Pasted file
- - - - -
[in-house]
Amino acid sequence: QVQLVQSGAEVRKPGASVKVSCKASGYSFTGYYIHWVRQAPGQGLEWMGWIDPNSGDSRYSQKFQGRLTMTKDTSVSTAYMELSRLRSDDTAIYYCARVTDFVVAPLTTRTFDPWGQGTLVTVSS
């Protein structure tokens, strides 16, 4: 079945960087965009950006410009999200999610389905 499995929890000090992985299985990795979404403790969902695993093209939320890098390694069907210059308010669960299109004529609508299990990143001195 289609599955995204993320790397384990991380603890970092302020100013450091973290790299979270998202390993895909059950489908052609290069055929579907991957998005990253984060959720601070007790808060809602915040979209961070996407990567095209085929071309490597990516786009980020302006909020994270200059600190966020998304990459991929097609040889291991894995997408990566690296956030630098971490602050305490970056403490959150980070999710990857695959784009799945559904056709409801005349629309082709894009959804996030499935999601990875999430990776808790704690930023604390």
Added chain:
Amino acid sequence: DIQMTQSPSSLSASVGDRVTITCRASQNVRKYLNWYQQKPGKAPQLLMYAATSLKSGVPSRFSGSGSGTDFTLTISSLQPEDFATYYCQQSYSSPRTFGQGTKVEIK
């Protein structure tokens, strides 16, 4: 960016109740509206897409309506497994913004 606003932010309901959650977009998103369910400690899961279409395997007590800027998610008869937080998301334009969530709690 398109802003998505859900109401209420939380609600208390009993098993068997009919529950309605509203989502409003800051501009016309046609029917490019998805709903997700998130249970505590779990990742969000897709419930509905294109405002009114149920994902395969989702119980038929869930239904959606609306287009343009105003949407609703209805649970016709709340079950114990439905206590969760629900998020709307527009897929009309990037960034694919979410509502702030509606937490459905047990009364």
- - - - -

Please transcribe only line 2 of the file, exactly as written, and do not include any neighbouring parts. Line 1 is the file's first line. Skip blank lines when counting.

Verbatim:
Amino acid sequence: QVQLVQSGAEVRKPGASVKVSCKASGYSFTGYYIHWVRQAPGQGLEWMGWIDPNSGDSRYSQKFQGRLTMTKDTSVSTAYMELSRLRSDDTAIYYCARVTDFVVAPLTTRTFDPWGQGTLVTVSS